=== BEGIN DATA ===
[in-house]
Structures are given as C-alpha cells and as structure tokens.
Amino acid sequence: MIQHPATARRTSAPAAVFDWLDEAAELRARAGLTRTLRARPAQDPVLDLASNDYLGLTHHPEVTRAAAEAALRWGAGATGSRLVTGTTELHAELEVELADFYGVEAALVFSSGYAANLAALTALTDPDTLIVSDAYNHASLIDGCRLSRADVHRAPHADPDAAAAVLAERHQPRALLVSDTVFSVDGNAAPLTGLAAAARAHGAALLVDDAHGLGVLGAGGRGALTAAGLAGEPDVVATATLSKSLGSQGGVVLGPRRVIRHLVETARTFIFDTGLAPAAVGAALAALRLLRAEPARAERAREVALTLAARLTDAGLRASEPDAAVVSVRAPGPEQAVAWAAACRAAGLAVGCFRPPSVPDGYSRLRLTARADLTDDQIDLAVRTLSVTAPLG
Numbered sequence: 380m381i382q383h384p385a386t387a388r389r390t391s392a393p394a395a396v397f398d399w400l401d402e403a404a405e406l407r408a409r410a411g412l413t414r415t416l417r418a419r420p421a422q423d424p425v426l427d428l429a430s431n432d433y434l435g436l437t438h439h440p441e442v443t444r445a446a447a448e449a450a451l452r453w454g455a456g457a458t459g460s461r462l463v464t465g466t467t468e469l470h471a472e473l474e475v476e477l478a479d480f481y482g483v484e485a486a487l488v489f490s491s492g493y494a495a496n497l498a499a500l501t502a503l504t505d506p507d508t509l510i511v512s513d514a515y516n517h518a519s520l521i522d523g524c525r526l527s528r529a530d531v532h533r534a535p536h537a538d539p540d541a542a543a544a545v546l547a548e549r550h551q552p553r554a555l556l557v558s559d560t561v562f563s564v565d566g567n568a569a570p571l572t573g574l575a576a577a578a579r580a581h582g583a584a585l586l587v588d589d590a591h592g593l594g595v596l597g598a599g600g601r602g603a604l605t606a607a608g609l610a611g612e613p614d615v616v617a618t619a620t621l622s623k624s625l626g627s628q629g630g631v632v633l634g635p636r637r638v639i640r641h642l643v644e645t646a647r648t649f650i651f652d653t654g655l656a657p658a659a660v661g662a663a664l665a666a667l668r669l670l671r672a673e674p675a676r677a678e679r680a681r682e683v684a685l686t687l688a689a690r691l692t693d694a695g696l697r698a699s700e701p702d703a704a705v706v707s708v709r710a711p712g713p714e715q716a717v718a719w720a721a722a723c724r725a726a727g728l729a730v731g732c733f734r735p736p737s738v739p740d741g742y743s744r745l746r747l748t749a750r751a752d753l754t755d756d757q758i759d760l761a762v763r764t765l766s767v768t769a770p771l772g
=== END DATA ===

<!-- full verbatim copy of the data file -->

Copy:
[in-house]
Structures are given as C-alpha cells and as structure tokens.
Amino acid sequence: MIQHPATARRTSAPAAVFDWLDEAAELRARAGLTRTLRARPAQDPVLDLASNDYLGLTHHPEVTRAAAEAALRWGAGATGSRLVTGTTELHAELEVELADFYGVEAALVFSSGYAANLAALTALTDPDTLIVSDAYNHASLIDGCRLSRADVHRAPHADPDAAAAVLAERHQPRALLVSDTVFSVDGNAAPLTGLAAAARAHGAALLVDDAHGLGVLGAGGRGALTAAGLAGEPDVVATATLSKSLGSQGGVVLGPRRVIRHLVETARTFIFDTGLAPAAVGAALAALRLLRAEPARAERAREVALTLAARLTDAGLRASEPDAAVVSVRAPGPEQAVAWAAACRAAGLAVGCFRPPSVPDGYSRLRLTARADLTDDQIDLAVRTLSVTAPLG
Numbered sequence: 380m381i382q383h384p385a386t387a388r389r390t391s392a393p394a395a396v397f398d399w400l401d402e403a404a405e406l407r408a409r410a411g412l413t414r415t416l417r418a419r420p421a422q423d424p425v426l427d428l429a430s431n432d433y434l435g436l437t438h439h440p441e442v443t444r445a446a447a448e449a450a451l452r453w454g455a456g457a458t459g460s461r462l463v464t465g466t467t468e469l470h471a472e473l474e475v476e477l478a479d480f481y482g483v484e485a486a487l488v489f490s491s492g493y494a495a496n497l498a499a500l501t502a503l504t505d506p507d508t509l510i511v512s513d514a515y516n517h518a519s520l521i522d523g524c525r526l527s528r529a530d531v532h533r534a535p536h537a538d539p540d541a542a543a544a545v546l547a548e549r550h551q552p553r554a555l556l557v558s559d560t561v562f563s564v565d566g567n568a569a570p571l572t573g574l575a576a577a578a579r580a581h582g583a584a585l586l587v588d589d590a591h592g593l594g595v596l597g598a599g600g601r602g603a604l605t606a607a608g609l610a611g612e613p614d615v616v617a618t619a620t621l622s623k624s625l626g627s628q629g630g631v632v633l634g635p636r637r638v639i640r641h642l643v644e645t646a647r648t649f650i651f652d653t654g655l656a657p658a659a660v661g662a663a664l665a666a667l668r669l670l671r672a673e674p675a676r677a678e679r680a681r682e683v684a685l686t687l688a689a690r691l692t693d694a695g696l697r698a699s700e701p702d703a704a705v706v707s708v709r710a711p712g713p714e715q716a717v718a719w720a721a722a723c724r725a726a727g728l729a730v731g732c733f734r735p736p737s738v739p740d741g742y743s744r745l746r747l748t749a750r751a752d753l754t755d756d757q758i759d760l761a762v763r764t765l766s767v768t769a770p771l772g